Universal Circuits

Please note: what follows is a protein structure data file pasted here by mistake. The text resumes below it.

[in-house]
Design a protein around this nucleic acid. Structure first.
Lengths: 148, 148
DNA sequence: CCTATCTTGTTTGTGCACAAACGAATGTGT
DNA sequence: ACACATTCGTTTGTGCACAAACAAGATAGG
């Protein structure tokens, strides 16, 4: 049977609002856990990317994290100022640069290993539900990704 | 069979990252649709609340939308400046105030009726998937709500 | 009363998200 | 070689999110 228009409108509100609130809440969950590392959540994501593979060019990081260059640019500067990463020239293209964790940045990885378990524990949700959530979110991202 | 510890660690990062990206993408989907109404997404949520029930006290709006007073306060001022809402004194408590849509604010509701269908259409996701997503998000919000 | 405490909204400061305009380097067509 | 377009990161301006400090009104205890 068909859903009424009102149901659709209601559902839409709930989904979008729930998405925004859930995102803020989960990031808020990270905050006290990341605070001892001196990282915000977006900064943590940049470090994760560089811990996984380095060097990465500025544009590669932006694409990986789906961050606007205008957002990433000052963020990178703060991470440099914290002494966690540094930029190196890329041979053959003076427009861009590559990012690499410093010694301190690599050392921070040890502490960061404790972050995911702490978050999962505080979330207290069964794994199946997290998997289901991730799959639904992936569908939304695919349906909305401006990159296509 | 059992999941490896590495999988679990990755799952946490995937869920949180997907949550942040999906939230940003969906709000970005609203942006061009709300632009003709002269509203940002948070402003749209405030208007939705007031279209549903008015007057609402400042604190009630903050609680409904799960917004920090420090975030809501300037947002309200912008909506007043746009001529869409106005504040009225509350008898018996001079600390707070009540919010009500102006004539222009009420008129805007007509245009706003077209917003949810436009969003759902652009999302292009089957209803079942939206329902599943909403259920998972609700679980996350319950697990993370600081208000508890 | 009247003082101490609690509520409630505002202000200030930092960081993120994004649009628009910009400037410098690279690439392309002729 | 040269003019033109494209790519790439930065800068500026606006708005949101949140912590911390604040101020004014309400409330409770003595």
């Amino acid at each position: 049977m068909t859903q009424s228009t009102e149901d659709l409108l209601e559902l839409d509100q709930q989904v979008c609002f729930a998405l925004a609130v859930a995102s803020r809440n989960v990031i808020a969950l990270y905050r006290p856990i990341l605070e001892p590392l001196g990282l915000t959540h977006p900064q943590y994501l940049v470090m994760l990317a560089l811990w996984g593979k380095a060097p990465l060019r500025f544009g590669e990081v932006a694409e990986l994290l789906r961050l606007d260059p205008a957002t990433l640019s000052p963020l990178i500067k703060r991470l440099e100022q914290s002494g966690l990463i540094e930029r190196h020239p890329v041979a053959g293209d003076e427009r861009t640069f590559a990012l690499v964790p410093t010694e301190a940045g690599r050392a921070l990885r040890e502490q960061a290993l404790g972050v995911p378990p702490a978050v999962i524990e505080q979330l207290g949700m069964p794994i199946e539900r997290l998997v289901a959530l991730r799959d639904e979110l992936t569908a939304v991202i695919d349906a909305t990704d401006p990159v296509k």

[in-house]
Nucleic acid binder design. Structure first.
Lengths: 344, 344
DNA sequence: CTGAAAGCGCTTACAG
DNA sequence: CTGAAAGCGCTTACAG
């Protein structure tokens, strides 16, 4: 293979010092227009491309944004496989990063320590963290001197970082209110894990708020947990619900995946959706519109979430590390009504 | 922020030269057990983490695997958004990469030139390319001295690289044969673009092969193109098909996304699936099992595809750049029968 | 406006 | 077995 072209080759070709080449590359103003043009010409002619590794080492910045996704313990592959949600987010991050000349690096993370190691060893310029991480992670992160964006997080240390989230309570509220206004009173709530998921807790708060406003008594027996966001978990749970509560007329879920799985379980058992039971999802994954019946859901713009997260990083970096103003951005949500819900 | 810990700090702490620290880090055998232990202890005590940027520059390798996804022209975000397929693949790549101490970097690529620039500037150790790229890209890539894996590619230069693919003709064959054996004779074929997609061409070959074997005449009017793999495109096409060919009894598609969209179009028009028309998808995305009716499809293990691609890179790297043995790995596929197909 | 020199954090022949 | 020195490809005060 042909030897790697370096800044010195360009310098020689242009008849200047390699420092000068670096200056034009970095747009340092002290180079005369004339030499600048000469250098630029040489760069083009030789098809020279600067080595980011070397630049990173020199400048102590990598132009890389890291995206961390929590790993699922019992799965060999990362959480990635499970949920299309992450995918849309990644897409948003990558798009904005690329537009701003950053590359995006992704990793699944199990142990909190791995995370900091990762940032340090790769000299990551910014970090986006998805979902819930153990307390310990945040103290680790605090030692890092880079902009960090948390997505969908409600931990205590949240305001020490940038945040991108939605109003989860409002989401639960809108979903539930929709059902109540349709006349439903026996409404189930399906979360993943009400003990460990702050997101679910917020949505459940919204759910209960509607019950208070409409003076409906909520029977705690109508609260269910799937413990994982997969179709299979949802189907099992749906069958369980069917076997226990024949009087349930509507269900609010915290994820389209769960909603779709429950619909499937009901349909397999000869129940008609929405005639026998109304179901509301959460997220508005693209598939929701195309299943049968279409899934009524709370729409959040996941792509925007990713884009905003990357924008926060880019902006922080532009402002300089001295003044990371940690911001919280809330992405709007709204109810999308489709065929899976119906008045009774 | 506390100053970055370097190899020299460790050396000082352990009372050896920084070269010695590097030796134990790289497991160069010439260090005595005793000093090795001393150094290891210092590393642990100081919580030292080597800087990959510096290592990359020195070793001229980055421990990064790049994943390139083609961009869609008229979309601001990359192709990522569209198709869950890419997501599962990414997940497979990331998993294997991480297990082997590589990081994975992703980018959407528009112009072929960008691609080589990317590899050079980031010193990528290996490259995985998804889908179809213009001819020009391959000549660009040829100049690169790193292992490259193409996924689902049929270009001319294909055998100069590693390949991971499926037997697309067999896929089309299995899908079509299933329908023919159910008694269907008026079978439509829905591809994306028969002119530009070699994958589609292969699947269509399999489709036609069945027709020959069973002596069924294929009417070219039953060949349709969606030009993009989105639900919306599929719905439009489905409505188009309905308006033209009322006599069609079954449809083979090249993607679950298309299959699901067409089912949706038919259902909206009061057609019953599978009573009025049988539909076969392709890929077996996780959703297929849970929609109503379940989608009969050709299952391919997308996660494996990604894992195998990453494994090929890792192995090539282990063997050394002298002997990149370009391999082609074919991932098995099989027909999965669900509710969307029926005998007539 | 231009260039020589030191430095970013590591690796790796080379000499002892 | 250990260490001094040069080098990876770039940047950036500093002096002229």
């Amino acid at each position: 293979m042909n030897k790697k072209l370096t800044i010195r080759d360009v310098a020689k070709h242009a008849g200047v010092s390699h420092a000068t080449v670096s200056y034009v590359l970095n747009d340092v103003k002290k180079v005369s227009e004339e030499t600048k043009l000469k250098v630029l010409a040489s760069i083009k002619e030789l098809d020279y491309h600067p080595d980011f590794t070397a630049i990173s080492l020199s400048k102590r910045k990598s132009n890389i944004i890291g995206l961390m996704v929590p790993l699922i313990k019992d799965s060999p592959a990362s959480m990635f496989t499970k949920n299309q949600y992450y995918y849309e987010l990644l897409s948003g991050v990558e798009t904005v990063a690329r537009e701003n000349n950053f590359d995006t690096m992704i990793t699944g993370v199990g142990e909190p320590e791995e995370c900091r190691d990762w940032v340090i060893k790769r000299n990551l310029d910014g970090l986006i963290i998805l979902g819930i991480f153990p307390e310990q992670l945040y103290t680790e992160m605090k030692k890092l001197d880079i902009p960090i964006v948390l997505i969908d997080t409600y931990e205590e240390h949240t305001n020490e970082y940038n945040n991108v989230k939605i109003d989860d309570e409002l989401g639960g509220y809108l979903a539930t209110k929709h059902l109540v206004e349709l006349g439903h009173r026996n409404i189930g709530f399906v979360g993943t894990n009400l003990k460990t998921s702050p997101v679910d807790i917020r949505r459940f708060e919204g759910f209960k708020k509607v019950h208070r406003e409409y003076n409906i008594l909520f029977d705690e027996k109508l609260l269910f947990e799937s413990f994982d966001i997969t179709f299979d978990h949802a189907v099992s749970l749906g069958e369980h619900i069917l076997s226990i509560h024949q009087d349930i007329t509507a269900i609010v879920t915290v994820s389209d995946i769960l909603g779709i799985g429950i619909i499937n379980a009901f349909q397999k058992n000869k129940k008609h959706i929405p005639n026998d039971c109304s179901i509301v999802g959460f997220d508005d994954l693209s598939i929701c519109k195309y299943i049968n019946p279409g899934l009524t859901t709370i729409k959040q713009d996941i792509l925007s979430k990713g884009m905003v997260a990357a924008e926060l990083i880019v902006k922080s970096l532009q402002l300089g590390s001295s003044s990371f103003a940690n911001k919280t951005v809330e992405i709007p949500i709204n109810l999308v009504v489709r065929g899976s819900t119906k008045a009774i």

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1. Does Universal Circuit's Irish controller have a convincing argument for the weakness of the dollar?  Why or why not?  How do you interpret the evidence? The Irish controller certainly presented a very convincing argument. He argues that since the American trade deficit has been growing, the dollar will be likely to depreciate. From 1980 to 1984 the dollar appreciated against the punt by about 50% and interest rate averaged 12.6% during the same period. These high interest rates have caused the dollar to appreciate against other currencies and slowed down the high inflation rate (10% in 1981) during that same period of time. Irish controller’s main worry was that the dollar will be likely to depreciate. Over the last 2 years inflation has fallen to 5%, much lower than the 10% rate in 1981.   A lower inflation rate could result in the US government lowering interest rates, which could cause the US dollar to decline.   Increasing trading deficit, lower inflation, and lower interest rate signals a possible weakening dollar On the other there is a more optimistic view on the direction of the dollar. Despite the US worsening balance on current account, the US dollar will likely to appreciate in both nominal and real terms due to foreign capital inflows motivated by good performances in equity and real estate markets, high real interest rate, and long-run prospects for growth and profitability. In other words, despite its large trade deficit, the US is still seen as a safe and profitable market to invest. The point of the CFO of universal circuits is that no one really knows in which direction the dollar will go and therefore speculating on this issue was of no real interest to those in the manufacturing business. 2. In view of the fact that the dollar is the Irish subsidiary's functional currency, should the controller be worried about its exchange value?  What is the nature of the foreign exchange exposures(s) faced by the Irish subsidiary?  Why isn't the...
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